Facebook Chided by Review Board Over Vague Rules in Trump Case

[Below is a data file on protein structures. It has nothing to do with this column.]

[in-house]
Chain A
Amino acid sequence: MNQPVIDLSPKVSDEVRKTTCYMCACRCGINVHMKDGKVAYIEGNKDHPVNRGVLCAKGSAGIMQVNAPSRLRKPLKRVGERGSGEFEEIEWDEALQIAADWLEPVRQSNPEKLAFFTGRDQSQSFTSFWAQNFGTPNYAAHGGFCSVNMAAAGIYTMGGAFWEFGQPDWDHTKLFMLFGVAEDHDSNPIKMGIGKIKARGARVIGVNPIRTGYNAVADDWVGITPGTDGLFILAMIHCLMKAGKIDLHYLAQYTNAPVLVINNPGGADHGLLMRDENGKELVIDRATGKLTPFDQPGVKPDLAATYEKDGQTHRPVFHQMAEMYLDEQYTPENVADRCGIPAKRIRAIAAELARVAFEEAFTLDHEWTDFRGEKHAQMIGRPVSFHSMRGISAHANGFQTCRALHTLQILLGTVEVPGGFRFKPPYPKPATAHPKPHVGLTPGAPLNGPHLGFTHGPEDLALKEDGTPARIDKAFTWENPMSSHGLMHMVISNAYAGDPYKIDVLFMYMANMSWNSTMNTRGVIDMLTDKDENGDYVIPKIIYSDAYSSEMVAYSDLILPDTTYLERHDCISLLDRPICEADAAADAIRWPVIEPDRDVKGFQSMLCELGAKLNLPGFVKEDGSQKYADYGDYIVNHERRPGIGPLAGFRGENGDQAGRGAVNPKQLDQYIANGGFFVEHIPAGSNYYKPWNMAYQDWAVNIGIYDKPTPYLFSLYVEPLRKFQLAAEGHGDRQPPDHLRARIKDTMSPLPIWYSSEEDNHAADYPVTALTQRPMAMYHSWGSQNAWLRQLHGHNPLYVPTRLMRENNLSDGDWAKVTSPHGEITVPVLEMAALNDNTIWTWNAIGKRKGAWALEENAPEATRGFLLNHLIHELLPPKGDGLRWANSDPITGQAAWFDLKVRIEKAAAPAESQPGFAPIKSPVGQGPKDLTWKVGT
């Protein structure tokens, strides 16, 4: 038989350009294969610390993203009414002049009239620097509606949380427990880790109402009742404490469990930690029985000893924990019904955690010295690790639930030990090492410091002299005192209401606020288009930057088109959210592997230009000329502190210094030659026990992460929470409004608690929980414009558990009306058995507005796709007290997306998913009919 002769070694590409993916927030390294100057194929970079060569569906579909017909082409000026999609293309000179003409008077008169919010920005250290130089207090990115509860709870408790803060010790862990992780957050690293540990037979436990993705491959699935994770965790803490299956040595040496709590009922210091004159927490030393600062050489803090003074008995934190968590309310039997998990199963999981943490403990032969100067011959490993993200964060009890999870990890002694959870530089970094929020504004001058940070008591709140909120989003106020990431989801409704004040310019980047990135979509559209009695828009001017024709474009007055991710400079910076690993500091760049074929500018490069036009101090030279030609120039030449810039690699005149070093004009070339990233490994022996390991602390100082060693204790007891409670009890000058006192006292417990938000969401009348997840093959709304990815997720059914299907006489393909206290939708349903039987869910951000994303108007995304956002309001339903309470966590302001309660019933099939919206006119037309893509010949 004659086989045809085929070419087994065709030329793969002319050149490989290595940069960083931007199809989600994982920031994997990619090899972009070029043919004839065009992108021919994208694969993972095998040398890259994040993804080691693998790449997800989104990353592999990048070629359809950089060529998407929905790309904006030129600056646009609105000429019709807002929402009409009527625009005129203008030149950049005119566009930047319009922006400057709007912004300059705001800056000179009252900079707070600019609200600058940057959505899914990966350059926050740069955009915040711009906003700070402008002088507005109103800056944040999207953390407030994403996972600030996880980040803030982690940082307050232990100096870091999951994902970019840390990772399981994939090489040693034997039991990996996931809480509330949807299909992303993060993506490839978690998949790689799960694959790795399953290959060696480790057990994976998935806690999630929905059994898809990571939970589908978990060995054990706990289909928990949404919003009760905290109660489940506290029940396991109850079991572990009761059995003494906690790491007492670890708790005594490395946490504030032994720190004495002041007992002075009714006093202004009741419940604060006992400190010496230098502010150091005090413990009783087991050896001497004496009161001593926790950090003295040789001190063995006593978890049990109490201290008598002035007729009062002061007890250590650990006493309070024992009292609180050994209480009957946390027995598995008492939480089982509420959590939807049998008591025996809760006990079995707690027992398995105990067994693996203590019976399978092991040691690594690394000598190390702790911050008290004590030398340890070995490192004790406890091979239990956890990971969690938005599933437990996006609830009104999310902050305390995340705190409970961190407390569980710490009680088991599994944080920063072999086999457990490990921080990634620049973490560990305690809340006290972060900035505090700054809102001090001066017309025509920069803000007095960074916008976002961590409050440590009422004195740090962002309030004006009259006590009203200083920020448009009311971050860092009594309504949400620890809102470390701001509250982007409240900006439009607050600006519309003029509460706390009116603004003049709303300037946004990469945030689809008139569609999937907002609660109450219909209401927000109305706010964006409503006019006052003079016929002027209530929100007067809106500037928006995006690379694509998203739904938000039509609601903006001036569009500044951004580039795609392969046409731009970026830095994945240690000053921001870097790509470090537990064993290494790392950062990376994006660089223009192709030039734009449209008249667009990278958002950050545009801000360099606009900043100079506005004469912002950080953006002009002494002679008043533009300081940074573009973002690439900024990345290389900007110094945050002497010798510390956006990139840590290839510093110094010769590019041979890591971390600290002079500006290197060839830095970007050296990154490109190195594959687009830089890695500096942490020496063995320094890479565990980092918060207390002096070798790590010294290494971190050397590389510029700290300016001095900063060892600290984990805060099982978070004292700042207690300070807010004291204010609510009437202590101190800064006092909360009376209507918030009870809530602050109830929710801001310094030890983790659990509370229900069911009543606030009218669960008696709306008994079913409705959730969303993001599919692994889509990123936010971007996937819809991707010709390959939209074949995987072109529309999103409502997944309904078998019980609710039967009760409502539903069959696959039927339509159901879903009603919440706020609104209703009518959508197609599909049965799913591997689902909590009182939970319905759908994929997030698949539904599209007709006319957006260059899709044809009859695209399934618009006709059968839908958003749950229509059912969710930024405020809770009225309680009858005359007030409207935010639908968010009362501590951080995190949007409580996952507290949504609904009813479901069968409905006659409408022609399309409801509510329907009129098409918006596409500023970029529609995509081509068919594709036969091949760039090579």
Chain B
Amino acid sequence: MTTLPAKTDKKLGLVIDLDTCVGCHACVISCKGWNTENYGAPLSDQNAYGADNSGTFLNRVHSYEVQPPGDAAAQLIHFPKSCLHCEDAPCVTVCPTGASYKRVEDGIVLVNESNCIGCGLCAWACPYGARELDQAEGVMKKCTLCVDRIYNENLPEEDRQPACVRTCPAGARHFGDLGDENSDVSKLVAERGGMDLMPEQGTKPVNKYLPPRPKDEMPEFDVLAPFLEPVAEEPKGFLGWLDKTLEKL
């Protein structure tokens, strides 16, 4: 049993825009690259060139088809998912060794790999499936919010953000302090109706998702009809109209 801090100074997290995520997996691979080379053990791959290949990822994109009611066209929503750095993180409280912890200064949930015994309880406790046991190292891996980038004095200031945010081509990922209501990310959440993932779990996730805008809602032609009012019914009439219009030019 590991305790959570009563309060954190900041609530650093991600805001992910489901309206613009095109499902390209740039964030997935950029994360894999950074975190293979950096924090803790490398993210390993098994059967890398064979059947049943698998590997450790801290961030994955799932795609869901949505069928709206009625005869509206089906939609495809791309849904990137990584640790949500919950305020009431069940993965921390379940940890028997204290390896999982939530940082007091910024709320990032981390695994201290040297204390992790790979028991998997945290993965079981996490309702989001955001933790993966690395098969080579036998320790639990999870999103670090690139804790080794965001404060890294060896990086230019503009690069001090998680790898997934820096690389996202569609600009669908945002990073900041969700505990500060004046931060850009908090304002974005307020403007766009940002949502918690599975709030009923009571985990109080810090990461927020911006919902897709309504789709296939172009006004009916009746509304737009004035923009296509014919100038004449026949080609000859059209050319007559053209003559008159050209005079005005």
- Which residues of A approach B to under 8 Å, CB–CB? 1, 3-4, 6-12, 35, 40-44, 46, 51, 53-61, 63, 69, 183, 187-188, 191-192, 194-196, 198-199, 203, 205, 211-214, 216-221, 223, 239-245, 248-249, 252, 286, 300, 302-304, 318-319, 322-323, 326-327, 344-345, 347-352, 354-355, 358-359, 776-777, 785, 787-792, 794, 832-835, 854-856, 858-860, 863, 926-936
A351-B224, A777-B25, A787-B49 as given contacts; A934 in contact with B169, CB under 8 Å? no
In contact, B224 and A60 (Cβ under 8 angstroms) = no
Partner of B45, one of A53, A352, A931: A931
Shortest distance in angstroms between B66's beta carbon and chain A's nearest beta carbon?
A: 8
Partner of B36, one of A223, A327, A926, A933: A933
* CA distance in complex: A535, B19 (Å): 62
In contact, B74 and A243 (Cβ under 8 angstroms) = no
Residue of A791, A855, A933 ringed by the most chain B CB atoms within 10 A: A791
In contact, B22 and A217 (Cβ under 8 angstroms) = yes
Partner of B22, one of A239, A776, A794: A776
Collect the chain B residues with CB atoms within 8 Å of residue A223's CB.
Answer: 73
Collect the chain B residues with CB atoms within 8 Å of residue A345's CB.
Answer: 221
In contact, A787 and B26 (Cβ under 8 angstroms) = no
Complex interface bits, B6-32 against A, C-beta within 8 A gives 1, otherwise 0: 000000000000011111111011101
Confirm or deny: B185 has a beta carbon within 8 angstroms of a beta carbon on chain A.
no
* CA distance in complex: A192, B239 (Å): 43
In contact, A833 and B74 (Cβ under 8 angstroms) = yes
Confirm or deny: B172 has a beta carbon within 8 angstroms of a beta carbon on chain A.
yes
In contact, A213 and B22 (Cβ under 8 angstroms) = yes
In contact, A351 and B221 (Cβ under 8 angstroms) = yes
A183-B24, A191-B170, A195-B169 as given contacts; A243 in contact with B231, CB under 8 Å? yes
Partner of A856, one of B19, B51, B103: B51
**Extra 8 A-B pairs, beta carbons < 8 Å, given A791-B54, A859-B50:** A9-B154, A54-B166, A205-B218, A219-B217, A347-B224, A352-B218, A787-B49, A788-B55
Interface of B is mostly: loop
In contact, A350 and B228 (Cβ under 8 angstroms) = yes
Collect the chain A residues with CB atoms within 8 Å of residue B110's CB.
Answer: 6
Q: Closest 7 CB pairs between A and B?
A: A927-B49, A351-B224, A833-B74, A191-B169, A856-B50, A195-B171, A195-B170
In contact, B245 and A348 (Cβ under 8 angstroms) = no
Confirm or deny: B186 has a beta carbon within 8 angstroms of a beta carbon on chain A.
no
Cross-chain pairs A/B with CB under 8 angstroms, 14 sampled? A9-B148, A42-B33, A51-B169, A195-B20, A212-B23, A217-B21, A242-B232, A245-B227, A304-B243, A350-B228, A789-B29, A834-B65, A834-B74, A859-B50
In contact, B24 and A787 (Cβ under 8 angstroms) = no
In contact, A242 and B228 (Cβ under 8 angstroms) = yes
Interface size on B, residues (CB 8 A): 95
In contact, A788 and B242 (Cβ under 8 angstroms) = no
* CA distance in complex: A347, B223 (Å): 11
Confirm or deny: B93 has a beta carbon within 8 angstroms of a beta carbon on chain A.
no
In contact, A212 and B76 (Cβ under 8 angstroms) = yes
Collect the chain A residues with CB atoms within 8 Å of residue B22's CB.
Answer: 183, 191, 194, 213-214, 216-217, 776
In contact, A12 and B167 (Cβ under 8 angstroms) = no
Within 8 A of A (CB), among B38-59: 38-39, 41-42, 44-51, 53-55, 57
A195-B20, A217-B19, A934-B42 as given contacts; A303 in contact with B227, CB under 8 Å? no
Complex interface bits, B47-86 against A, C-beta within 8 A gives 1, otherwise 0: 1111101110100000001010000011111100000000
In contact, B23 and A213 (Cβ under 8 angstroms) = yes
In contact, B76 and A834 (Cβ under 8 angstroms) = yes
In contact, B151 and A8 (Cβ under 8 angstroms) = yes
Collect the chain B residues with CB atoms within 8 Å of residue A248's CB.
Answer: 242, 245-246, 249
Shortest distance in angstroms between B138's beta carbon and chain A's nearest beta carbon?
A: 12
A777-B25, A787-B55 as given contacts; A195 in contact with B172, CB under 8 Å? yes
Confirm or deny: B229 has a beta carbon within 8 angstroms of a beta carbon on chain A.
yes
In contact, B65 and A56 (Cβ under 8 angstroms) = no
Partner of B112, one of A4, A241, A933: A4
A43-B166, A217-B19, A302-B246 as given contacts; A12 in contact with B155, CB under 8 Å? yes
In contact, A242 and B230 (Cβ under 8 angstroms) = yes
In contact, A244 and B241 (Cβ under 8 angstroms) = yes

(Bloomberg) -- When Facebook Inc. asked its independent oversight board to weigh in on the January suspension of Donald Trump, the social network aimed to deflect the responsibility -- and some of the criticism -- for the final ruling to the panel, assembled in 2020 to review the network’s most controversial and challenging content decisions.Instead, the board lobbed the responsibility right back to where it started: At Mark Zuckerberg’s feet.Facebook’s Content Oversight Board, a group of outside lawyers, journalists and politicians, issued its long-awaited ruling on Wednesday, upholding the company’s freeze of then-U.S. President Trump’s account over his posts that helped fuel a destructive riot at the U.S. Capitol on Jan. 6. The panel agreed with the suspension, “given the seriousness of the violations and the ongoing risk of violence.”But the board had harsh words for the company itself, criticizing the tech giant for policies that are too vague and enforcement that is often confusing and lacks transparency. The panel chastised Facebook for trying to avoid responsibility for Trump’s “indefinite” suspension by asking the board to confirm it, and instead said that Facebook should decide whether or not Trump’s account should be reinstated.“In applying a vague, standardless penalty and then referring this case to the Board to resolve, Facebook seeks to avoid its responsibilities,” the Oversight Board wrote on its website. “The Board declines Facebook’s request and insists that Facebook apply and justify a defined penalty.”The rebuke was particularly sharp coming from an organization created by Facebook for the express purpose of diverting the burden of accountability for the most difficult decisions -- and may undermine Zuckerberg’s longtime contention that companies shouldn’t be the arbiters of truth on their own networks.“This is more just kicking the can down the road,” said Katie Harbath, a former Facebook policy executive and the Bipartisan Policy Center’s election fellow.The panel also urged Facebook to take a closer look at the social network’s design and the potentially harmful impacts that its algorithm -- which is built to reward posts that generate a lot of conversation, whether positive or negative -- may be having on the broader political discourse and misinformation.The company, which has 195 million daily users in the U.S. and Canada and 1.88 billion globally, should undertake a comprehensive review of its “potential contribution to the narrative of electoral fraud and the exacerbated tensions that culminated in the violence” in Washington, the board wrote. “This should be an open reflection on the design and policy choices that Facebook has made that may allow its platform to be abused.”Though it found Facebook was justified when it yanked Trump’s ability to post to his 35 million followers, the board primarily took issue with the company’s move to ban him indefinitely, a punishment that isn’t part of the company’s formal rules. Facebook’s current policies offer a handful of different punishments for rule violators, including a temporary suspension for a set amount of time, or a permanent account ban.“They can’t just invent new, unwritten rules when it suits them,” said Helle Thorning-Schmidt, a board member and the former Prime Minister of Denmark, on a press call Wednesday.The panel said it “insists” Facebook come up with a new punishment for Trump that aligns with the company’s stated policies, and recommended that the company make a more definitive decision on Trump’s account within six months.Before protesters stormed the Capitol and Trump was booted off Facebook, the company -- along with other networks like Twitter Inc. and Google’s YouTube -- had given him wider latitude to share controversial content and misinformation around the U.S. election. Facebook rarely fact-checked his posts, arguing that messages from world leaders and politicians are inherently newsworthy and thus not eligible for fact-checking. In kicking the decision back to company, the Oversight Board did acknowledge that debate -- should Trump, and other high-profile public figures, be held to the same rules and standards as other users?One recommendation from the board addressed this question. The panel said that Facebook should offer a more transparent method of policing high-profile political accounts like Trump’s, saying Facebook’s “newsworthiness” policy -- a vague carve-out in the rules that means some violating content is left up on the service because it has news value -- needs more clarity.Facebook should “produce more information to help users understand and evaluate the process and criteria” for when it applies this policy, the board wrote, and also recommended the social network “rapidly escalate” political posts from highly influential users to a special staff of content reviewers. “These staff should be insulated from political and economic interference, as well as undue influence.”Still, the panel cautioned that newsworthiness alone shouldn’t be a reason to leave up a dangerous post. “Considerations of newsworthiness should not take priority when urgent action is needed to prevent significant harm,” the board wrote. The board also urged the social media company to publish a new policy outlining how it should respond to crisis situations, including a requirement to review its decision within a fixed time frame. It encouraged the social media giant to continue to suspend or delete accounts of political leaders who pose a risk of harm.Kara Frederick, a former Facebook employee and current fellow at the right-leaning think tank Heritage Foundation, said criticism that Facebook’s policies are too vague is valid. “When we were working at Facebook, we used to say it was like building an airplane in mid-flight,” she said. “I see the manifestation of that now in their content moderation policies.”The board was clear Wednesday in its stance that the company itself needs to make these calls, rather than relying on the outside panel to write the rules. Even if Facebook does create new global policies for elected officials or political crises, the Menlo Park, California-based company is likely to face heightened scrutiny over whether it is evenly applying those standards in different countries. Facebook would have to make carefully calculated decisions about which political standoffs, revolutions, elections and protest movements are dicey enough that a government leader’s posts could impose harm. The ruling was already generating pushback from lawmakers about the company’s uneven enforcement.U.S. Representative Ken Buck, a Colorado Republican, Wednesday blasted the company for suspending Trump while leaving a page from Syrian President Bashar al-Assad intact.“It should be noted that Facebook permits a Bashar al-Assad fan page with over 250k likes to continue posting,” Buck said in a statement. “The page’s administrator is located in Syria, has been active since 2011, and has repeatedly promoted falsehoods about the pro-democracy movement in Syria and downplays the human rights abuses committed against the Syrian people during the Civil War.”It’s now up to Facebook to determine how to handle Trump’s account, and the board underscored that Facebook should assess the current risk of violence before ending his suspension. Facebook’s head of global policy, Nick Clegg, acknowledged the ball is in the company’s court.“We thank the @OversightBoard for the care and attention they gave this case,” he wrote on Twitter. “We will now consider the board’s guidance and develop a response that is clear and proportionate. In the meantime, Mr. Trump’s accounts remain suspended.”Facebook’s decision could have a broader impact on whether or not Trump re-appears on other digital platforms. Twitter has said that Trump’s ban is permanent regardless of Facebook’s call; Snap Inc. said that Trump is also permanently banned from Snapchat. But Trump is still suspended indefinitely from YouTube, which hasn’t made clear what it plans to do with Trump longterm.Zuckerberg will likely make Facebook’s final call. As chief executive officer, he has been open about his role in policing Trump’s account, and Clegg has said that it’s ultimately Zuckerberg’s decision, even if he does take input from others within the company.It’s possible that whenever that decision is made, it could also be submitted for a ruling by the Oversight Board. Said Michael McConnell, a board member and Stanford Law School professor, on the prospect of the Board reviewing Trump’s suspension again: “I’d say it’s certainly a substantial possibility.”For more articles like this, please visit us at bloomberg.comSubscribe now to stay ahead with the most trusted business news source.©2021 Bloomberg L.P.